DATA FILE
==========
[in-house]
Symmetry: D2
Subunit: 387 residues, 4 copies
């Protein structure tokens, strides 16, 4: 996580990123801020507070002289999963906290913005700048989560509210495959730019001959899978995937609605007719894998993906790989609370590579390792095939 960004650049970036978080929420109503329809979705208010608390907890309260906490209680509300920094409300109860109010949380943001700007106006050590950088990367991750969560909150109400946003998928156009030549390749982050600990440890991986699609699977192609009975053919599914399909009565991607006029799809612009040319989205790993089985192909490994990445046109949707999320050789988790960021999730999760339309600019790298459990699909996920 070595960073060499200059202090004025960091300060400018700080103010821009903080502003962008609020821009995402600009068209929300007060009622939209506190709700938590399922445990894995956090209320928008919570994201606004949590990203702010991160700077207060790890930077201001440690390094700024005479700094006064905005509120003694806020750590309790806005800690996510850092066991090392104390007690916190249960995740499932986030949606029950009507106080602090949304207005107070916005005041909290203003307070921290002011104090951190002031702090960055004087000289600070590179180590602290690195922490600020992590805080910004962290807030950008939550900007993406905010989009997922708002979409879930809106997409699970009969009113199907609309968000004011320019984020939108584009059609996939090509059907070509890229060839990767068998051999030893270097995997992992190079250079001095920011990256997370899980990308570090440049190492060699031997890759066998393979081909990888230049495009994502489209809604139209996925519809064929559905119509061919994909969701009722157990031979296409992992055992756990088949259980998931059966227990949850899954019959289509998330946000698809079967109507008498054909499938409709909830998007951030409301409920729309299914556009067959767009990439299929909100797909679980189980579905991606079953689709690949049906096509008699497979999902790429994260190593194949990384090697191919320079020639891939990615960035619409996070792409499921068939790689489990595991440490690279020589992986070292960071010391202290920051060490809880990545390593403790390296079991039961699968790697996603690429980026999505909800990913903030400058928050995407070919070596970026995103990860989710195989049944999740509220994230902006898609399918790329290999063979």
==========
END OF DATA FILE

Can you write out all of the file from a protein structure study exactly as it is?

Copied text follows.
[in-house]
Symmetry: D2
Subunit: 387 residues, 4 copies
């Protein structure tokens, strides 16, 4: 996580990123801020507070002289999963906290913005700048989560509210495959730019001959899978995937609605007719894998993906790989609370590579390792095939 960004650049970036978080929420109503329809979705208010608390907890309260906490209680509300920094409300109860109010949380943001700007106006050590950088990367991750969560909150109400946003998928156009030549390749982050600990440890991986699609699977192609009975053919599914399909009565991607006029799809612009040319989205790993089985192909490994990445046109949707999320050789988790960021999730999760339309600019790298459990699909996920 070595960073060499200059202090004025960091300060400018700080103010821009903080502003962008609020821009995402600009068209929300007060009622939209506190709700938590399922445990894995956090209320928008919570994201606004949590990203702010991160700077207060790890930077201001440690390094700024005479700094006064905005509120003694806020750590309790806005800690996510850092066991090392104390007690916190249960995740499932986030949606029950009507106080602090949304207005107070916005005041909290203003307070921290002011104090951190002031702090960055004087000289600070590179180590602290690195922490600020992590805080910004962290807030950008939550900007993406905010989009997922708002979409879930809106997409699970009969009113199907609309968000004011320019984020939108584009059609996939090509059907070509890229060839990767068998051999030893270097995997992992190079250079001095920011990256997370899980990308570090440049190492060699031997890759066998393979081909990888230049495009994502489209809604139209996925519809064929559905119509061919994909969701009722157990031979296409992992055992756990088949259980998931059966227990949850899954019959289509998330946000698809079967109507008498054909499938409709909830998007951030409301409920729309299914556009067959767009990439299929909100797909679980189980579905991606079953689709690949049906096509008699497979999902790429994260190593194949990384090697191919320079020639891939990615960035619409996070792409499921068939790689489990595991440490690279020589992986070292960071010391202290920051060490809880990545390593403790390296079991039961699968790697996603690429980026999505909800990913903030400058928050995407070919070596970026995103990860989710195989049944999740509220994230902006898609399918790329290999063979």